When we came to Panama, it was always with the intention of renting, rather than buying, a home. As homeowners for many years, we were looking forward to the freedom and flexibility of renting. Many times over the past months we’ve said to friends, “We want to travel and we don’t want to be tied down. And there’s maintenance. And what if we decide after a year or two that we want to live somewhere else?”
Here’s the catch: almost all of the other newcomers we know feel the same way — and there are a LOT of newcomers here, with more and more coming every day. And according to several realtors we’ve spoken to, apparently the rumors about a large religious group (up to 200 families) coming to Boquete are true. One agent told us that she had met a gentleman, a housing locator, who is going around securing rentals for these families. Just WHERE exactly are they going to live?
It’s a landlord’s dream market, and it’s reflected in the rents. In our opinion, after two months of hard searching, most long-term rentals in or near Boquete for under $800 are just not worth the price. We’re not fussy people and we’re not asking for much – a dog-friendly home with a fenced yard, a decent Internet connection (since I’m still working), and no water issues. The rentals that offer these things for less than $1,000 are few and far between, and they tend to be small Panamanian-style houses. Now, we have nothing against that; in fact, we prefer local charm and a Panamanian neighborhood to some of the gringo-style tract homes that are becoming popular here. But we would prefer a larger kitchen and a more open floor plan than we’ve seen in the typical Panamanian house.
A thousand a month – $12,000 a year – is a lot of money to throw away on rent. Therefore . . . drum roll . . . we’re now taking a serious look at buying a home. In the coming weeks you’ll be hearing a lot more about that in this blog. In the meantime, we want to offer up some advice, based on our current experience with the rental market.
First, get your boots on the ground. We can almost guarantee you won’t find a place, or at least something you’d be happy with long-term, if you try to do it from a distance. Consider a short-term vacation rental first that will give you a chance to get familiar with the different areas and micro-climates (they vary widely) in and around Boquete. Make some friends that will go to bat for you and keep their eyes and ears open for rental properties. After almost five months here, we’ve built a fantastic network of friends, property managers, and others who have kept us posted when they hear of available properties, and we’re STILL looking.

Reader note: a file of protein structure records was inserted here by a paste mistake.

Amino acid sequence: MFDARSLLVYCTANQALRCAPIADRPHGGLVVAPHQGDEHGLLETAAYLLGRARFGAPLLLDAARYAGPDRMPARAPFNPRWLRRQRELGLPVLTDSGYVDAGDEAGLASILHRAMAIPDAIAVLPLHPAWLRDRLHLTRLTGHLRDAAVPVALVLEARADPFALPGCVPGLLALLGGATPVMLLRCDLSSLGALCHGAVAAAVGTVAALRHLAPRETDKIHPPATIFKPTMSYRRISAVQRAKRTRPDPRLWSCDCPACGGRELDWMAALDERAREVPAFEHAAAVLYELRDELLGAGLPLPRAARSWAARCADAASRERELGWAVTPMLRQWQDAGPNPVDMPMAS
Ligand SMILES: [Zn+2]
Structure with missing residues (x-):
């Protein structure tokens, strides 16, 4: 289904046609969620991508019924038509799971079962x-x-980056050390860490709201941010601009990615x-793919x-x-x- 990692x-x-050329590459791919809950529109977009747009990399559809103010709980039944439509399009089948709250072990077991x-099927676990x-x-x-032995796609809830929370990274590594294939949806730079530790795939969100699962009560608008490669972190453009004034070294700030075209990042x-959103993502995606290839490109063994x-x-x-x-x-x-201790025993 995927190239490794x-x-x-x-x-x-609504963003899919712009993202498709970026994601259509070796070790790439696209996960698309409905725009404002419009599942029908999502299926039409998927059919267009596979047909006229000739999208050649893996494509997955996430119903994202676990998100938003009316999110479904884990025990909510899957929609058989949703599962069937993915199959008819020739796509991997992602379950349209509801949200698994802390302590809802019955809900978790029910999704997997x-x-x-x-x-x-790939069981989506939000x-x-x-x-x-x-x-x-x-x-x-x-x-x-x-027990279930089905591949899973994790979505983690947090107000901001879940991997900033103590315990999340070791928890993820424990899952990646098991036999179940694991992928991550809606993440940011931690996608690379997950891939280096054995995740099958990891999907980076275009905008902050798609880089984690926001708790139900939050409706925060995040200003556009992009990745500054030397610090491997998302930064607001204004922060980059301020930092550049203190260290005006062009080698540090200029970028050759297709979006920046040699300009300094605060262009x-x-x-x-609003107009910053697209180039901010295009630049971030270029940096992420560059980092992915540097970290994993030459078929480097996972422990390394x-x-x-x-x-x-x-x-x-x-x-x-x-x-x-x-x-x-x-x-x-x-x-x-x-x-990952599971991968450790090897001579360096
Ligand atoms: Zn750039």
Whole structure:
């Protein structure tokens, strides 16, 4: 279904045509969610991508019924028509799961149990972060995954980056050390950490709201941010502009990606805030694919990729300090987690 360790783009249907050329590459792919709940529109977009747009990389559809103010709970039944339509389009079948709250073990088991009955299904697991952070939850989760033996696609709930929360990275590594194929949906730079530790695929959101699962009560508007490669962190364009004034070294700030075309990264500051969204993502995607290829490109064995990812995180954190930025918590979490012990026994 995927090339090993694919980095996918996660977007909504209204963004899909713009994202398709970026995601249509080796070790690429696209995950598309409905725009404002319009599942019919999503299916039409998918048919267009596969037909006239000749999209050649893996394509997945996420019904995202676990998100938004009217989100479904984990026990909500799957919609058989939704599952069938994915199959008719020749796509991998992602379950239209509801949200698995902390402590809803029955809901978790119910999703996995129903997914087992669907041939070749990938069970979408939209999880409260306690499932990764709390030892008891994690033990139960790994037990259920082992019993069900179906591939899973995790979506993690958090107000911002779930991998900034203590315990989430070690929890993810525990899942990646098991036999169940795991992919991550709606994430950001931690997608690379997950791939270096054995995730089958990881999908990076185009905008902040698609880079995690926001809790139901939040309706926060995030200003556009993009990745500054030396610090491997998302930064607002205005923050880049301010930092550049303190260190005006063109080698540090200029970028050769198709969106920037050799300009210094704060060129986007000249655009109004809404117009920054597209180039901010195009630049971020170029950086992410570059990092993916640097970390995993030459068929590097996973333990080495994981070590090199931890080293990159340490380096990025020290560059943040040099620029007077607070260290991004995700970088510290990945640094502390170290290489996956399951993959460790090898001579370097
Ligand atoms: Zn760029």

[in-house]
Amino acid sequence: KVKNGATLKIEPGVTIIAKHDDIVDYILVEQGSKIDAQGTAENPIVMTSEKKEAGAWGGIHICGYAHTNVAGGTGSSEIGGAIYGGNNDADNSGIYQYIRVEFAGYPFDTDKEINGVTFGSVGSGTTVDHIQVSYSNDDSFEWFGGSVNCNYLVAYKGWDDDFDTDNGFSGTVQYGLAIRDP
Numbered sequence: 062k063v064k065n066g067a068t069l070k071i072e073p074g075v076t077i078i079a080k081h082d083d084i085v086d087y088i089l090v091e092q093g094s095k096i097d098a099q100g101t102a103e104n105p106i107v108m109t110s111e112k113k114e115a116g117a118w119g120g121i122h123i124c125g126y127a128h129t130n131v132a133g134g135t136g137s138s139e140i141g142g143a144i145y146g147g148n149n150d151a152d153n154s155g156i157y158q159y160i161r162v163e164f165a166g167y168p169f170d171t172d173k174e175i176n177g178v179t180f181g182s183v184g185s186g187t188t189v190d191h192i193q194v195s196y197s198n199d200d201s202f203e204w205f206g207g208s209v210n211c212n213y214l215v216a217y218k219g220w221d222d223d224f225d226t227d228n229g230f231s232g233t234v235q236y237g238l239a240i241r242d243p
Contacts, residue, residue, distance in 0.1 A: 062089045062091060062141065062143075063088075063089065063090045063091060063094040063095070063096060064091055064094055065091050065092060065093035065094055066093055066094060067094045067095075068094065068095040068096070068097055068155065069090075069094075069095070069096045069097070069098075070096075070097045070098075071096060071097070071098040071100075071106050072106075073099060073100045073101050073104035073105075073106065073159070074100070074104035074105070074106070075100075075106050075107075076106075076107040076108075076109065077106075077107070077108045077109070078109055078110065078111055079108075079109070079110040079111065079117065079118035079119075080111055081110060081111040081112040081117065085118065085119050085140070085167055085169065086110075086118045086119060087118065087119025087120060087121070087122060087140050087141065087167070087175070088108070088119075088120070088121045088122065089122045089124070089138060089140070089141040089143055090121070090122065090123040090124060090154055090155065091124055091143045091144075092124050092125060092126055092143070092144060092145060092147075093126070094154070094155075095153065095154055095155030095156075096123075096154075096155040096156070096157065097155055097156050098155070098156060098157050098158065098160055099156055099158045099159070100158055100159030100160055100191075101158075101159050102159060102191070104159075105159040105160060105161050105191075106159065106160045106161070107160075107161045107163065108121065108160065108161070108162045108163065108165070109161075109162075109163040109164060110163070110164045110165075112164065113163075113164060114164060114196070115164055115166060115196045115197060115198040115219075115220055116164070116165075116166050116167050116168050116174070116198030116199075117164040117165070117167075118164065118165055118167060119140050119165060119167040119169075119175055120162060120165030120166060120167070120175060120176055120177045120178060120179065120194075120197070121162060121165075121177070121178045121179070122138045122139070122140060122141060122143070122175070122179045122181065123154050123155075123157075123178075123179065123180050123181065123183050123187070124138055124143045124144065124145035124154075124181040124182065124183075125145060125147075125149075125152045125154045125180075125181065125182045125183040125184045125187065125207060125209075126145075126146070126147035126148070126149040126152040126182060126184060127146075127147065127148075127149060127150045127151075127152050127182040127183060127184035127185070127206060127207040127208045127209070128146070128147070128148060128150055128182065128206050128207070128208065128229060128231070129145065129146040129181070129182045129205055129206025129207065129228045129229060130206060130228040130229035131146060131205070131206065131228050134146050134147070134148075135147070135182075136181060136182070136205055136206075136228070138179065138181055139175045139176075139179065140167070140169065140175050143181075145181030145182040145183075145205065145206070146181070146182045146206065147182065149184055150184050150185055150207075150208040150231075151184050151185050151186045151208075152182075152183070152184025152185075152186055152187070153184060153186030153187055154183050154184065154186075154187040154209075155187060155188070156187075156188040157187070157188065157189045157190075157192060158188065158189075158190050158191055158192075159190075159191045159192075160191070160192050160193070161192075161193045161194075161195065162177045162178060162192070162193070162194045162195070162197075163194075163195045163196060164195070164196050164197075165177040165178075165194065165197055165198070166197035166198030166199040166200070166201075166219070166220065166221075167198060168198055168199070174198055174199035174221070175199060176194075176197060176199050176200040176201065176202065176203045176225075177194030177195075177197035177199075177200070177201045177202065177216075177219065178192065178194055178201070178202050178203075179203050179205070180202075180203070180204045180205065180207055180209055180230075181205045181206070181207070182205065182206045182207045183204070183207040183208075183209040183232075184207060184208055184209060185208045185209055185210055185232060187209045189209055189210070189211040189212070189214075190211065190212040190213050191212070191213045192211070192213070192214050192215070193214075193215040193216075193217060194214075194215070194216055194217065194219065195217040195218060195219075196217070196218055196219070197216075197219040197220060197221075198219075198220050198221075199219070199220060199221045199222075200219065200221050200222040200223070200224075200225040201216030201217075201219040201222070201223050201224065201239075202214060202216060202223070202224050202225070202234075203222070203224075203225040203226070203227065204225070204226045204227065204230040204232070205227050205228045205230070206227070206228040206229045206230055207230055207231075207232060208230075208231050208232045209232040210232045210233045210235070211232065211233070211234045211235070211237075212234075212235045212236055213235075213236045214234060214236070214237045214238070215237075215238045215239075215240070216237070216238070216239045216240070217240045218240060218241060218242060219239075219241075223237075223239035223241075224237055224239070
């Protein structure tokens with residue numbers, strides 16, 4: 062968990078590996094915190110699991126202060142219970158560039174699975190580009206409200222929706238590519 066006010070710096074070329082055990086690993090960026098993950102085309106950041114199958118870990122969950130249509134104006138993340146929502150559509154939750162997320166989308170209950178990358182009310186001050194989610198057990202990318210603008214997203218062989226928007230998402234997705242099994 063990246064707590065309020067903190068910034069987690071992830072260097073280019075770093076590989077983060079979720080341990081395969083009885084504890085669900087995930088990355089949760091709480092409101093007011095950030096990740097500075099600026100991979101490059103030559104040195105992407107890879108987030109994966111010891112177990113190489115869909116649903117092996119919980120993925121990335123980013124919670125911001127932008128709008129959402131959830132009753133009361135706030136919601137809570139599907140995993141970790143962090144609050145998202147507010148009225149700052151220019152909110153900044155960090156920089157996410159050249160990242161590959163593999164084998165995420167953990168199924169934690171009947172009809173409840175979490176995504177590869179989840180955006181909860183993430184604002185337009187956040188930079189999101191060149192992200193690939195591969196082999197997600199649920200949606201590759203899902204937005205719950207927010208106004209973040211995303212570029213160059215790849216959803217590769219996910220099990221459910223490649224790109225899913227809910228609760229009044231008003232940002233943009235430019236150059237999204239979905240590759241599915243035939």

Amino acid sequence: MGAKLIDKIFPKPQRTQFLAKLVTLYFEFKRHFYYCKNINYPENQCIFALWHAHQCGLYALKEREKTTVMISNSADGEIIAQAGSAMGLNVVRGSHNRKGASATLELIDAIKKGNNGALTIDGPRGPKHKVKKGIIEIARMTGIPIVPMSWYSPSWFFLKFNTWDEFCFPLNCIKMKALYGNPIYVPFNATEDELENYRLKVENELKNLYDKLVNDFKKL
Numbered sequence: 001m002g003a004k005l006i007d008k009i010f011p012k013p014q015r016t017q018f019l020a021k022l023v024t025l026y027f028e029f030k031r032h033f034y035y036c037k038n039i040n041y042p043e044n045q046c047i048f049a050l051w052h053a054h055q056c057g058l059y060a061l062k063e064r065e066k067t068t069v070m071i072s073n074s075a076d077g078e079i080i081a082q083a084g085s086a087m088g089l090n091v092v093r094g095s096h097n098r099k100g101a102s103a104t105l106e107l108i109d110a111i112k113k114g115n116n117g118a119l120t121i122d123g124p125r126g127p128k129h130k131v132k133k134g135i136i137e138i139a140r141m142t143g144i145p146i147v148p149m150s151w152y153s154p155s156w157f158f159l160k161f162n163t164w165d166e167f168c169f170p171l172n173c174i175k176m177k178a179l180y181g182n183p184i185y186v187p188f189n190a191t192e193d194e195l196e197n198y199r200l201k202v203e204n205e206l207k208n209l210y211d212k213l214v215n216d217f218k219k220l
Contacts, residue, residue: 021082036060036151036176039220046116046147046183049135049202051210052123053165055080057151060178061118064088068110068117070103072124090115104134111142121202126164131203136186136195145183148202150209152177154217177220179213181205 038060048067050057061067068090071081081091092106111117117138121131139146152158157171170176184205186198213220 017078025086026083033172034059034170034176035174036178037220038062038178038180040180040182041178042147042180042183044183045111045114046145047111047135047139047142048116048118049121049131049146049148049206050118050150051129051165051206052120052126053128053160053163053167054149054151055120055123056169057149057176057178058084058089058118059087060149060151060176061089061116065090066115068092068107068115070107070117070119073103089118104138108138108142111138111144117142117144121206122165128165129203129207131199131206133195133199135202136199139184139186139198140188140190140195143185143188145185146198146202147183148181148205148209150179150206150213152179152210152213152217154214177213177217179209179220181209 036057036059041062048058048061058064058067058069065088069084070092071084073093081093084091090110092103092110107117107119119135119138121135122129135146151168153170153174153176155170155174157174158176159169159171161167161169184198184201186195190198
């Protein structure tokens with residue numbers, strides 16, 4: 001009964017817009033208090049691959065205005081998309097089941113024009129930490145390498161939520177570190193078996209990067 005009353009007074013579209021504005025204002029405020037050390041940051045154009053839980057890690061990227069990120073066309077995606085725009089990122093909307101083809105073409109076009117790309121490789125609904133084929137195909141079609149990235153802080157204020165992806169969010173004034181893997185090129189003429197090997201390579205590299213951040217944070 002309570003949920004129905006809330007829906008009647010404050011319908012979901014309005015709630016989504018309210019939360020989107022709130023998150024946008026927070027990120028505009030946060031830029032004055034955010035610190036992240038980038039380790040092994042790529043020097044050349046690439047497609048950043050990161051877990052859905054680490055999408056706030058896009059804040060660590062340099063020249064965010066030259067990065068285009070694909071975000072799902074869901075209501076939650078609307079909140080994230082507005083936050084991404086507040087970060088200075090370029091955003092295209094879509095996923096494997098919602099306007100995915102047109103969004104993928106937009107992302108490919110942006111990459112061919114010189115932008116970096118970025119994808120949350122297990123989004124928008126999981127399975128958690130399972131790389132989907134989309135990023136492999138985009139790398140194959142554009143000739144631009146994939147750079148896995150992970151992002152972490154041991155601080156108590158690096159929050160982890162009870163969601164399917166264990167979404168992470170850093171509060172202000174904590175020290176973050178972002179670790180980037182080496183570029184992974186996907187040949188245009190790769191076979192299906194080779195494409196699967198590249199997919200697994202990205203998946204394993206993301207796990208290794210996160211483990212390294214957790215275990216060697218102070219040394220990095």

Second, consider David or one of the warmer communities down the hill from Boquete. We really like David. It’s becoming a very cosmopolitan city, with Panama’s rising middle class driving a boom in housing, shopping malls, and restaurants. But it’s out of the question for us, and here’s my TMI reason: I am well into that lovely hot-flash stage of life, and the flashes I get down in David are truly epic. Every time I go there, I melt into a sad, sweaty little ball of crankiness. Think Wicked Witch of the West, only meaner – and John doesn’t fare much better in 90 degrees and 80 percent humidity. HOWEVER, we have good friends there that rent a sweet little home for under $400, and they do get a nice breeze on occasion. If you can tolerate the climate and don’t mind living in air conditioning, David is do-able and much more affordable.
The further up you go towards Boquete, the cooler and less humid the climate, and the higher the rents. Caldera, Los Molinos, Las Trancas, and Brisas are all lovely areas but they’re still a bit warmer than we prefer. And even in those areas, there’s a dearth of quality rentals.
Third, ride the cycles. When we arrived here in May, high tourist season was winding down and the rainy season was just beginning. At that time of year, many part-time residents from Canada or the U.S. head home and need short-term (up to six-month) renters to occupy and serve as caretakers for their homes. We lucked into just such a rental, a wonderful home with an acre of fenced land for our dogs. The owners are returning at the end of November, but it bought us six months to get acclimated and decide if Boquete and Panama are for us (emphatically, they ARE!).
At this writing, we are deep into the rain and high season is just around the corner (from November through April). If you plan on moving down here during that period, you can count on higher rents and an even greater shortage of rentals – even for the short term. If you can postpone your move until May or so, you’ll stand a much better chance of finding something affordable.
Fourth, don’t despair. As I mentioned, good Internet and dog-ability are two musts for us. If you don’t have pets and don’t need high-speed Internet, and if you’re willing to look outside of Boquete proper, you’ll have more options (it was surprising to us how few landlords will consider pets here). Also, if you’re willing to consider a Panamanian-style home in a Panamanian neighborhood, you’ll find more – but you just might need to adjust your expectations a bit. If you build your network, and if you’re willing to make the search a full-time project for many weeks (as John has done), you WILL find something.
We’re not trying to be downers, but one goal of this blog is to paint a realistic picture of life here in this wonderful country that we are so, so lucky to call home. We know there are many people reading this blog who are planning a move down (and some of our readers who are now here). We hope our experience is at least half as helpful as the fantastic advice and assistance we got, when we were planning our move. And we wish you – sincerely – buen suerte.